YES, I'M PROUD OF PRESIDENT OBAMA!
May 4, 2011
I know that most of my readers believe that I have nothing good to say about President Obama. Admittedly, most of the time I don't. But this week, I give him kudos and accolades.
I also have a stark confession to make. I was of the firm conviction that if Osama bin Laden were ever found or his whereabouts definitively known that President Obama wouldn't move in the way he did. In fact, I had a little bet with a moderate friend of mine (who didn't vote for Obama, by the way), that he wouldn't attempt to capture or kill him. Not until, at least, three or four weeks out from next year's election.
President Obama is a political operative and a shrewd manipulator of people and polls. I gave up this man hunt at least until the next President was in the White House.
President Obama surprised me and I suspect he listened to the advice of many of his military men, the CIA and Homeland Security. It tells me he can and will listen.
But let's be honest here. President Obama did his nation favorable service, accomplished an important threshold in the war on terror, and will secure for himself in history the signature act to date in that war.
And he couldn't have done any of it, without changing his views on important positions that he campaigned against, stood in opposition to, and publicly opposed on policies of his predecessor President George W. Bush.
Without "enhanced interrogation techniques and the fight against terror in Iraq" President Obama would not have been able to order the kill command against Osama bin Ladin.
Here's how it all tracks down: Sheikh Abu Ahmed turned out to be the single most important name to secure in the attempt to track and kill Osama bin Ladin. Sheikh Abu Ahmed had been previously known as Abu Ahmed al-Kuwaiti. (Abu Ahmed is actually of Kuwaiti dissent.) Abu Ahmed al-Kuawaiti became known to U.S. officials through the enhanced interrogations, CIA secret prisons--including Gitmo, and detainees captured in that "illegitimate" war in Iraq.
Beginning in early 2002 (under President Bush) multiple detainees in the secret prisons told interrogators of Abu Ahmed. None other than Khalid Sheikh Mohammed (Al Queda number 3 and "architect" of the 9.11 attack) also confirmed knowing Abu Ahmed.
Then in 2004 Hassan Ghul was captured battling anti-terror forces in Iraq. Ghul told the CIA that Abu Ahmed was crucial to Al Queda. Ghul implicated Abu Ahmed as close to Faraj al-Libi (who had replaced Khalid Sheikh Mohammed as Al Queda's active number 3). Ghul was referred to by an Obama administration official as the "linch pin" in connecting the dots to identify Osama's courier Abu Ahmed.
In 2005 al-Libi was promoted to replace Mohammed and he received word through the courier named Abu Ahmed al-Kuwaiti, but when al-Libi was captured and interrogated through enhanced techniques he revealed to authorities all they needed to know--that the courier for bin Ladin was the man that would lead them to him.
Connecting the dots was crucial, and painstakingly took years. Doing so was also made difficult because then Senator Barack Obama opposed and worked publicly against phone taps of terrorists, and eventually helped blow the story of our phone taps onto the pages of the New York Times. Oddly enough, Osama bin Ladin suddenly stopped using phones. His almost exclusive use of very old-school couriers became the only way bin Ladin communicated with his lieutenants.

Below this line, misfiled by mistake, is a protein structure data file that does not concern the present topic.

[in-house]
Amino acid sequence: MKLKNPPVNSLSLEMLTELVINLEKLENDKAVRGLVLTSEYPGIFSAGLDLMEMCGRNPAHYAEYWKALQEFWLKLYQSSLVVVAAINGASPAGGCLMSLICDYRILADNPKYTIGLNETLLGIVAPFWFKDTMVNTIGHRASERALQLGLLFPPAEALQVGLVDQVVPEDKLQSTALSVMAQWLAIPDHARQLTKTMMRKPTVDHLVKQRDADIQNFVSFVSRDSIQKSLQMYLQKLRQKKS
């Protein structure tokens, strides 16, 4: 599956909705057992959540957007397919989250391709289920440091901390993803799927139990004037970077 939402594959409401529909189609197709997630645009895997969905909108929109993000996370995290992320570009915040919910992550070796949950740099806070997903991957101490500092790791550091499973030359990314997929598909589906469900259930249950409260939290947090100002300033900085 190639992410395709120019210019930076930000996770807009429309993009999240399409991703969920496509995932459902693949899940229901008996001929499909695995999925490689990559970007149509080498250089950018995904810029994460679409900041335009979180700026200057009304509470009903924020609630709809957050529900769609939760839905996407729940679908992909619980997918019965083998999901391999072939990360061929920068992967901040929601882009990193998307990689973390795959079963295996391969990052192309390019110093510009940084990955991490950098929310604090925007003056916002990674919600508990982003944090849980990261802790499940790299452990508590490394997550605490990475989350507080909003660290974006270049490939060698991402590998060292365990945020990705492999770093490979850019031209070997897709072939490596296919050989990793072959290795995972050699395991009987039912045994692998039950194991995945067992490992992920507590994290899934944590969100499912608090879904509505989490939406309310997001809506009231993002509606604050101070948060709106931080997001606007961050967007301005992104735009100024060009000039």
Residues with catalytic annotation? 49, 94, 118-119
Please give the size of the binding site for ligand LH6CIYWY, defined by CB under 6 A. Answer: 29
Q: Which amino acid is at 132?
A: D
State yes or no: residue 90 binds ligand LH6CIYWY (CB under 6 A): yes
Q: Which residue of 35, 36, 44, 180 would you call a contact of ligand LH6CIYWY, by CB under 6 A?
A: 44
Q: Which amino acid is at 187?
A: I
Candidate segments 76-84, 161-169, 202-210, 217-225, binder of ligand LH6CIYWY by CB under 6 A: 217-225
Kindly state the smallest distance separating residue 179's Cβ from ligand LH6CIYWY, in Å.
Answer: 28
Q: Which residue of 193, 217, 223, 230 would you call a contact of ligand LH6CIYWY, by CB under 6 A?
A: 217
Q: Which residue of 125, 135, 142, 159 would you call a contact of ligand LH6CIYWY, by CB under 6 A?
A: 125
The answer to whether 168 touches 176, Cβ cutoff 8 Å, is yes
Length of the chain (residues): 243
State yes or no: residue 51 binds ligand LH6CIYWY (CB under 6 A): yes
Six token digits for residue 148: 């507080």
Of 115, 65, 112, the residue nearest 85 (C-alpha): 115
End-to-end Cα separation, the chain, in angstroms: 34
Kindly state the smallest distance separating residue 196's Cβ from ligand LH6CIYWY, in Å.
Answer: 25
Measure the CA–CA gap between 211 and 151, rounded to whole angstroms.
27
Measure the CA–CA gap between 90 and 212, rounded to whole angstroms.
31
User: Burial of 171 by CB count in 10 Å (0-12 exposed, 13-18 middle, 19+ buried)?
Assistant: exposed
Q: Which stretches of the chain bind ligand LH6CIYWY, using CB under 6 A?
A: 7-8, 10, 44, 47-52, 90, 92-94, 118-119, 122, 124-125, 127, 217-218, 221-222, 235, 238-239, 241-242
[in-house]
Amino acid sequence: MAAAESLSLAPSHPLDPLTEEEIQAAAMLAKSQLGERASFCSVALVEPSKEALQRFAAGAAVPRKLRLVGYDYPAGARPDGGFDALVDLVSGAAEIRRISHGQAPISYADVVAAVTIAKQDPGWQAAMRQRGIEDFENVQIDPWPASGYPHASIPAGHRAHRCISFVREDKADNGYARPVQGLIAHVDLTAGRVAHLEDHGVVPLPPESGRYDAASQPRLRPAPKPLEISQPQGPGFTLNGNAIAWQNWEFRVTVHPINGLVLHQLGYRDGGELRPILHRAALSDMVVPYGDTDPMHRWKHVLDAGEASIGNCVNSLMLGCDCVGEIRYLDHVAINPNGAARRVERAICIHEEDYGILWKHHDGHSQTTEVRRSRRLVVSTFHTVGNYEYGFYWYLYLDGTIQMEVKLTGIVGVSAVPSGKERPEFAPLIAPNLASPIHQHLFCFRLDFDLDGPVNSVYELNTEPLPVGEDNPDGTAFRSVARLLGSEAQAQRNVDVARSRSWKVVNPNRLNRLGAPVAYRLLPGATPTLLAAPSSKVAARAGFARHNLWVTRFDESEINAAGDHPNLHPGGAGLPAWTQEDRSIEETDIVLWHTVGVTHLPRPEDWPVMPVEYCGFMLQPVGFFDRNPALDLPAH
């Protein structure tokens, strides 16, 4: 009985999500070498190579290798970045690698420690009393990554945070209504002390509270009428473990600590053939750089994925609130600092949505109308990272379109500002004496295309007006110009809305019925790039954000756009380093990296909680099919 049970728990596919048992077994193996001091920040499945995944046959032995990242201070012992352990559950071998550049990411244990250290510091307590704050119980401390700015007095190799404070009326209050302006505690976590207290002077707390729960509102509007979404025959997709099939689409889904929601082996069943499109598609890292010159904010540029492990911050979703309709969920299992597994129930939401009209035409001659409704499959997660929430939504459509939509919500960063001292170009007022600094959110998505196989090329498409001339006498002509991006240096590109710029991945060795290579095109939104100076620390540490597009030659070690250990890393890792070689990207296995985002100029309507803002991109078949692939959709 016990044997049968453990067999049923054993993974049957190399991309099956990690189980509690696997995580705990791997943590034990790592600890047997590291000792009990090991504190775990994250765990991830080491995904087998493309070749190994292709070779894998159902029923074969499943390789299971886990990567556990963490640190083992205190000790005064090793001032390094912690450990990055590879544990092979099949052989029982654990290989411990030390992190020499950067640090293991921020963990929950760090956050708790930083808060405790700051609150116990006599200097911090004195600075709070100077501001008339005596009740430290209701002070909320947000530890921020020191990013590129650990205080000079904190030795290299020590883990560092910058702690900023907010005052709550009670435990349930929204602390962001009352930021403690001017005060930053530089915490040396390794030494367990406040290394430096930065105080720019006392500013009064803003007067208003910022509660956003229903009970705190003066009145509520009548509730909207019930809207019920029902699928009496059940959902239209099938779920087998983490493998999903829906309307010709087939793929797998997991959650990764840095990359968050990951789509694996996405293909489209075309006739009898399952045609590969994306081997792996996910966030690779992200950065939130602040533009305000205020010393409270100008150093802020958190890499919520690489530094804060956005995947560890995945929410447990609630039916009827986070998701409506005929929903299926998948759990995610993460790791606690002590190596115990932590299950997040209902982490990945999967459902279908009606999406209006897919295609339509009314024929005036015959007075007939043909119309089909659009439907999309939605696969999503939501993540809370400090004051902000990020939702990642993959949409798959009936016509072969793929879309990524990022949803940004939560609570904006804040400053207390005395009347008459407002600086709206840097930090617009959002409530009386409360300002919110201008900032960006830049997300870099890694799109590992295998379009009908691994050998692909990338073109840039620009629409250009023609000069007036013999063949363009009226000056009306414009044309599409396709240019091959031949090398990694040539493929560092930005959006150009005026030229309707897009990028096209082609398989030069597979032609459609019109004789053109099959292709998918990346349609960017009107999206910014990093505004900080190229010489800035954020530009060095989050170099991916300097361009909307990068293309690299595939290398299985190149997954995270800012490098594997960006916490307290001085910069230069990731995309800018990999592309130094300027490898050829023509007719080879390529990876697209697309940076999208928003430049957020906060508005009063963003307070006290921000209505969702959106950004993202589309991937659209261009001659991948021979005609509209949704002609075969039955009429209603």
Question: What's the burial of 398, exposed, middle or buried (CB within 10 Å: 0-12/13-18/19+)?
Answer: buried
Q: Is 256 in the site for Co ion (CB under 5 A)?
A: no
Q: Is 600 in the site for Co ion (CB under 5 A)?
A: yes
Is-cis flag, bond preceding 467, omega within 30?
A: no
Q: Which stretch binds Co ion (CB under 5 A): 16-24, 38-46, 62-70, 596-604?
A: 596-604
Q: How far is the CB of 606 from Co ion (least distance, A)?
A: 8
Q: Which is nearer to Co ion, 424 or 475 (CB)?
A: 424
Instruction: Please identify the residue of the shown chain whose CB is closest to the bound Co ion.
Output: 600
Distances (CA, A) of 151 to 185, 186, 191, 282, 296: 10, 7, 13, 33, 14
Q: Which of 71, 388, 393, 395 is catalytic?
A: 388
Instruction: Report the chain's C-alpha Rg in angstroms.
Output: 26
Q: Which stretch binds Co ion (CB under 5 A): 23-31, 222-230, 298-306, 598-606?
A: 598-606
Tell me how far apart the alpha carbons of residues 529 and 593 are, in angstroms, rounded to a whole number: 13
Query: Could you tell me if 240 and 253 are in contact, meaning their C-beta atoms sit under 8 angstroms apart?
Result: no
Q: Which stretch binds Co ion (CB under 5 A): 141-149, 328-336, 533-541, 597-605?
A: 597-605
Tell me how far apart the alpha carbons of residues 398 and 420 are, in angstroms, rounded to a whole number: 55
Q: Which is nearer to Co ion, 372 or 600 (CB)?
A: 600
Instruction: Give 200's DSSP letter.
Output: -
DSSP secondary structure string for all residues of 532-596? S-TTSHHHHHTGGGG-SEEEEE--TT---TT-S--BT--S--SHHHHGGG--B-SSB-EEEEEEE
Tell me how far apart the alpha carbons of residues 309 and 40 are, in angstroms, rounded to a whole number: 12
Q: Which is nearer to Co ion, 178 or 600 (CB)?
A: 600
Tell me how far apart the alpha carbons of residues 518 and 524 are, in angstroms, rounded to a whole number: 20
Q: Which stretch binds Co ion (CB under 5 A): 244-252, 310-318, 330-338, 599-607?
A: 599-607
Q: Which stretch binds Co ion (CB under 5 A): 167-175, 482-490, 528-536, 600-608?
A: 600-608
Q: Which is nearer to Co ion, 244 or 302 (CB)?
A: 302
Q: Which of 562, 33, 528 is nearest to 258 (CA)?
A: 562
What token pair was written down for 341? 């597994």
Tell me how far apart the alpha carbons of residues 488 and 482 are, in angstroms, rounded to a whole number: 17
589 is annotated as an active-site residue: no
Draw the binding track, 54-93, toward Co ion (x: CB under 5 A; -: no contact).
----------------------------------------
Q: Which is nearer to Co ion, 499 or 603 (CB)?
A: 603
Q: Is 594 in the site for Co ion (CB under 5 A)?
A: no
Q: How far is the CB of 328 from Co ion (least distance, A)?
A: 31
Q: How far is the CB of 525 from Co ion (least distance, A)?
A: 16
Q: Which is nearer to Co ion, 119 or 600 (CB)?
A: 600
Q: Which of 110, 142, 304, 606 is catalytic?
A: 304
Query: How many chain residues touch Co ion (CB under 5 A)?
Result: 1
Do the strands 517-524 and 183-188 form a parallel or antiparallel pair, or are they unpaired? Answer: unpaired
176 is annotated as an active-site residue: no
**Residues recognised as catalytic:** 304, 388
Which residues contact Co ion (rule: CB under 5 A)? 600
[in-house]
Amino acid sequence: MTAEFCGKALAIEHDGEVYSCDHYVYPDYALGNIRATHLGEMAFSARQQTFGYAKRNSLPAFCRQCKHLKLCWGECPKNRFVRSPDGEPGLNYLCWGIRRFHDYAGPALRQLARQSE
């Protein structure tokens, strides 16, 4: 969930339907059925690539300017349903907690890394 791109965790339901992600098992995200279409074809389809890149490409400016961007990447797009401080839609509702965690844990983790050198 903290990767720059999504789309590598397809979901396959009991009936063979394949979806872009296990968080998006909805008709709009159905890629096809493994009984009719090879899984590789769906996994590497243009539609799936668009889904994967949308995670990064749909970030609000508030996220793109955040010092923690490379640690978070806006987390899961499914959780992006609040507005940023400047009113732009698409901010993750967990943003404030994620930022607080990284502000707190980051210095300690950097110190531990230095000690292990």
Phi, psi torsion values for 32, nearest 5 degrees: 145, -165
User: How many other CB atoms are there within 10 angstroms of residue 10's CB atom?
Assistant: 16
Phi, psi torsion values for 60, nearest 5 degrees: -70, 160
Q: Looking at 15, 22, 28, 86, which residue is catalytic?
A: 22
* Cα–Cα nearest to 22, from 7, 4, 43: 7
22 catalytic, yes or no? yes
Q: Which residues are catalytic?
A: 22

President Obama campaigned against the use of phone taps of terrorists, he campaigned for the shut down of the very secret prisons that coughed up the name of the courier, and he went so far after being elected to imply that his Attorney General Eric Holder was ready to go arrest the CIA operatives, and military special forces personnel that had conducted enhanced interrogations.
Yet this single most important piece of information that led to the capture and execution of our worst enemy was obtained exclusively through those very mechanisms and means that President Obama demeaned, mocked, and ordered shut down.
There is no doubt that President Obama made the right call to send in the Navy Seals to extricate the corpse of Osama bin Ladin. His decision to do so with a surgically precise strike showed special wisdom in that members of his own national security team opposed him in meetings running up to making the decision. He was right in calling on the Seals because they are unlike any other special forces in all of military history. And he was right in reducing the collateral damage or the risk of any by not using predator drones and bombs.
History will reward him with the label of the one who captured and killed the worst terrorist of the past twenty years.
But he did so standing on the shoulders of a President who took political backlash, foul media coverage, and a toxically poisoned electorate (poisoned largely by the efforts of Obama directly) to do what was right, to press forward in obtaining the critical pieces of data to set up the eventual capture and kill of Bin Ladin.
President Obama owes his rightful success to a man he directly undermined, nearly the entire time he was setting the pieces in place for Obama's biggest national security achievement.
President Obama owes an apology to President Bush.
He also owes a huge debt of thanks to the men and women of the CIA and special forces who interrogated with enhanced techniques, and to the men and women who fought and died in Iraq to bring him the information needed.
After hearing the news of bin Laden's death, I offered up to God a prayer of thanks for the safety of our military, for the correct decision of the President to give the order to take him and for those who interrogated those who give us the intel.
Yes, I thank the Lord for waterboarders!
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